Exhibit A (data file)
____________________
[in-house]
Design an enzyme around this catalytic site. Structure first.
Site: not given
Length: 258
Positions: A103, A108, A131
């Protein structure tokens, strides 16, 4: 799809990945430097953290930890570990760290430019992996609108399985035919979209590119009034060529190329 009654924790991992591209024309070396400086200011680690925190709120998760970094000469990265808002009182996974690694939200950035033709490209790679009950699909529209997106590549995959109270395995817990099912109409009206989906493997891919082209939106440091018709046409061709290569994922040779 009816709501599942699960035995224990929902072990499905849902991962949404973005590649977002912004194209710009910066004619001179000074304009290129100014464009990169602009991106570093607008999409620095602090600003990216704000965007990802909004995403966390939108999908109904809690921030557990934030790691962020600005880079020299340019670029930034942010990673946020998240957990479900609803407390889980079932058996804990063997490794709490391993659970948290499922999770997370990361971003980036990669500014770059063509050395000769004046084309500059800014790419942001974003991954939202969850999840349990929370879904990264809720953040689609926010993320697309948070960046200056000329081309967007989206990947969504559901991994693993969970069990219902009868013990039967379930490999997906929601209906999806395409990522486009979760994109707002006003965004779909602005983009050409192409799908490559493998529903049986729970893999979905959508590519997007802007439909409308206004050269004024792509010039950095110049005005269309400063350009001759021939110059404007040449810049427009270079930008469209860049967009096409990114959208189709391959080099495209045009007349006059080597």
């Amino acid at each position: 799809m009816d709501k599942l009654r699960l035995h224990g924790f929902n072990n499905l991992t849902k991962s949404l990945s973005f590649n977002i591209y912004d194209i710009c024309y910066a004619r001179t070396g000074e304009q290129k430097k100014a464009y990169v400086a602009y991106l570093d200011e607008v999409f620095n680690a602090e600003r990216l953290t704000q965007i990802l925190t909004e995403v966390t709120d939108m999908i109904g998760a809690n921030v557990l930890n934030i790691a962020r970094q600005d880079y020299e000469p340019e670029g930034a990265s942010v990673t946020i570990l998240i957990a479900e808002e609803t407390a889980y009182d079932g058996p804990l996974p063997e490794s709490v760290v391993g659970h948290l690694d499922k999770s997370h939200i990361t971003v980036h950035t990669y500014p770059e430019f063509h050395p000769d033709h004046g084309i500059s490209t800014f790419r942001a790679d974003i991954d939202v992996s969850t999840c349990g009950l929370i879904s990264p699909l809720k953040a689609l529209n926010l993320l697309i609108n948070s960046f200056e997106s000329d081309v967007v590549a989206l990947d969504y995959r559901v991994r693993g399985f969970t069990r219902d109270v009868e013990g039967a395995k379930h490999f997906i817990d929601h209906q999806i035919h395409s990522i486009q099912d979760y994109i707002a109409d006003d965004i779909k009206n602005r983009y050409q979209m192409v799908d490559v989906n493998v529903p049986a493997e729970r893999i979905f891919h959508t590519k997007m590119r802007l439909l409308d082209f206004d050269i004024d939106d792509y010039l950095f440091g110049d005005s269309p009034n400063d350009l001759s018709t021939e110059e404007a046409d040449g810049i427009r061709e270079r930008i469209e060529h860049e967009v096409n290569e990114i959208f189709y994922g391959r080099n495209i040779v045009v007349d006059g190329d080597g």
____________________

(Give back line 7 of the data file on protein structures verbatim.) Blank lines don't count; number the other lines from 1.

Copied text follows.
């Amino acid at each position: 799809m009816d709501k599942l009654r699960l035995h224990g924790f929902n072990n499905l991992t849902k991962s949404l990945s973005f590649n977002i591209y912004d194209i710009c024309y910066a004619r001179t070396g000074e304009q290129k430097k100014a464009y990169v400086a602009y991106l570093d200011e607008v999409f620095n680690a602090e600003r990216l953290t704000q965007i990802l925190t909004e995403v966390t709120d939108m999908i109904g998760a809690n921030v557990l930890n934030i790691a962020r970094q600005d880079y020299e000469p340019e670029g930034a990265s942010v990673t946020i570990l998240i957990a479900e808002e609803t407390a889980y009182d079932g058996p804990l996974p063997e490794s709490v760290v391993g659970h948290l690694d499922k999770s997370h939200i990361t971003v980036h950035t990669y500014p770059e430019f063509h050395p000769d033709h004046g084309i500059s490209t800014f790419r942001a790679d974003i991954d939202v992996s969850t999840c349990g009950l929370i879904s990264p699909l809720k953040a689609l529209n926010l993320l697309i609108n948070s960046f200056e997106s000329d081309v967007v590549a989206l990947d969504y995959r559901v991994r693993g399985f969970t069990r219902d109270v009868e013990g039967a395995k379930h490999f997906i817990d929601h209906q999806i035919h395409s990522i486009q099912d979760y994109i707002a109409d006003d965004i779909k009206n602005r983009y050409q979209m192409v799908d490559v989906n493998v529903p049986a493997e729970r893999i979905f891919h959508t590519k997007m590119r802007l439909l409308d082209f206004d050269i004024d939106d792509y010039l950095f440091g110049d005005s269309p009034n400063d350009l001759s018709t021939e110059e404007a046409d040449g810049i427009r061709e270079r930008i469209e060529h860049e967009v096409n290569e990114i959208f189709y994922g391959r080099n495209i040779v045009v007349d006059g190329d080597g």